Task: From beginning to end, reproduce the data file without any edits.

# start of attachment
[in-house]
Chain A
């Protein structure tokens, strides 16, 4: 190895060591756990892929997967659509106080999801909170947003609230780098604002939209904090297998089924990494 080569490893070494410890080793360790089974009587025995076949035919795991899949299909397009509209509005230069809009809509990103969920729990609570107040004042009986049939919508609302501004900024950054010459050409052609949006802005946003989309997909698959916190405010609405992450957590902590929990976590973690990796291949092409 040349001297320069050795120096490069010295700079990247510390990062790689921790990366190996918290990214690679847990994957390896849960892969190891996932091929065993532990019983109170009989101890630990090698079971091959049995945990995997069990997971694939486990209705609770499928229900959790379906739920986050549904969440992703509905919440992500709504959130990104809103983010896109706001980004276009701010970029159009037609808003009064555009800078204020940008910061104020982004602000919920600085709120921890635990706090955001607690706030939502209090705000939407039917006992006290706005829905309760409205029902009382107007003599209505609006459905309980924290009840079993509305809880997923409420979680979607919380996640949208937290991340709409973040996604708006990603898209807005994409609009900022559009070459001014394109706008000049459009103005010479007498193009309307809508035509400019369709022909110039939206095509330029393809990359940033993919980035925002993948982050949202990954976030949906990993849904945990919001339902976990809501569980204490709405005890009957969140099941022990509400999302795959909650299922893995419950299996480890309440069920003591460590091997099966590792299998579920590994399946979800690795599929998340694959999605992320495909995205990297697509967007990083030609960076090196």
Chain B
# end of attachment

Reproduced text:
[in-house]
Chain A
């Protein structure tokens, strides 16, 4: 190895060591756990892929997967659509106080999801909170947003609230780098604002939209904090297998089924990494 080569490893070494410890080793360790089974009587025995076949035919795991899949299909397009509209509005230069809009809509990103969920729990609570107040004042009986049939919508609302501004900024950054010459050409052609949006802005946003989309997909698959916190405010609405992450957590902590929990976590973690990796291949092409 040349001297320069050795120096490069010295700079990247510390990062790689921790990366190996918290990214690679847990994957390896849960892969190891996932091929065993532990019983109170009989101890630990090698079971091959049995945990995997069990997971694939486990209705609770499928229900959790379906739920986050549904969440992703509905919440992500709504959130990104809103983010896109706001980004276009701010970029159009037609808003009064555009800078204020940008910061104020982004602000919920600085709120921890635990706090955001607690706030939502209090705000939407039917006992006290706005829905309760409205029902009382107007003599209505609006459905309980924290009840079993509305809880997923409420979680979607919380996640949208937290991340709409973040996604708006990603898209807005994409609009900022559009070459001014394109706008000049459009103005010479007498193009309307809508035509400019369709022909110039939206095509330029393809990359940033993919980035925002993948982050949202990954976030949906990993849904945990919001339902976990809501569980204490709405005890009957969140099941022990509400999302795959909650299922893995419950299996480890309440069920003591460590091997099966590792299998579920590994399946979800690795599929998340694959999605992320495909995205990297697509967007990083030609960076090196």
Chain B